Amongst the study subjects, 41.5% (166) were male and 58.5% (234) were female. The mean age of the study participants was 50.05 (±7.528) years. The range of duration of diabetes was 2-10 years and mean duration of 6.41 (±3.06) years. The mean HbA1c was 7.99% (±1.80). The overall prevalence of peripheral neuropathy was 16.8%; male 10.8% and female 20.9%. The age group ≥50 years was significantly associated with peripheral neuropathy (20.6Vs 11.6%; X2 = 5.677, p = 0.017) than age group <50 years. The female participants demonstrated higher peripheral nephropathy than their male counterparts and the difference was significant (20.9 Vs. 10.8%; X2 = 7.100, p = .008). The disease was also higher among non-urban patients (25.7 Vs. 13.4%; X2 = 8.584, p = 0.003), patients with longer duration of diabetes (20.0 Vs. 12.1%; X2 = 4.315, p = 0.038) and who did not do the regular physical exercise (22.9Vs 10.3%; X2 = 11.506, p = 0.001). Educational status and hypertension did not show any significant association with peripheral neuropathy (table I).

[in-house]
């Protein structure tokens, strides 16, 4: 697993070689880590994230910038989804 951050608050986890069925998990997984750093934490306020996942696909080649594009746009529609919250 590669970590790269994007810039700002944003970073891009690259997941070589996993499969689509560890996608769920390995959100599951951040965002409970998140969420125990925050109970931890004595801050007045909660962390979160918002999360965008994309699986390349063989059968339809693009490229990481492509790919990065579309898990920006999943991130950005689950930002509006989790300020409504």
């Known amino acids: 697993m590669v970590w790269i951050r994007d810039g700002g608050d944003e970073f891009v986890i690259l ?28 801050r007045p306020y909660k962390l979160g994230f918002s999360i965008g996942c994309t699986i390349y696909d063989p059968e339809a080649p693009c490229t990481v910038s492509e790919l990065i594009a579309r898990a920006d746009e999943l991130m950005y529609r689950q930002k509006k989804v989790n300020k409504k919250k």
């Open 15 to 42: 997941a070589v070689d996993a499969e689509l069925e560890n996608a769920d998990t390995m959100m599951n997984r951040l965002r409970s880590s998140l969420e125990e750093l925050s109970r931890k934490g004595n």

Table I Association of different sociodemographic characteristics of the study participants with peripheral neuropathy.


Total subjects

no of cases (%)

p value

Age group (years)






20 (11.6)


> 50


47 (20.6)


Duration of diabetes (years)





20 (12.1)




47 (20.0)







18 (10.8)




49 (20.9)







39 (13.4)


Not urban


28 (25.7)


Educational status





46 (14.8)


No schooling


21 (23.3)


Exercise done by patients





20 (10.3)




47 (22.9)


Presence of hypertension





50 (18.7)




17 (12.8)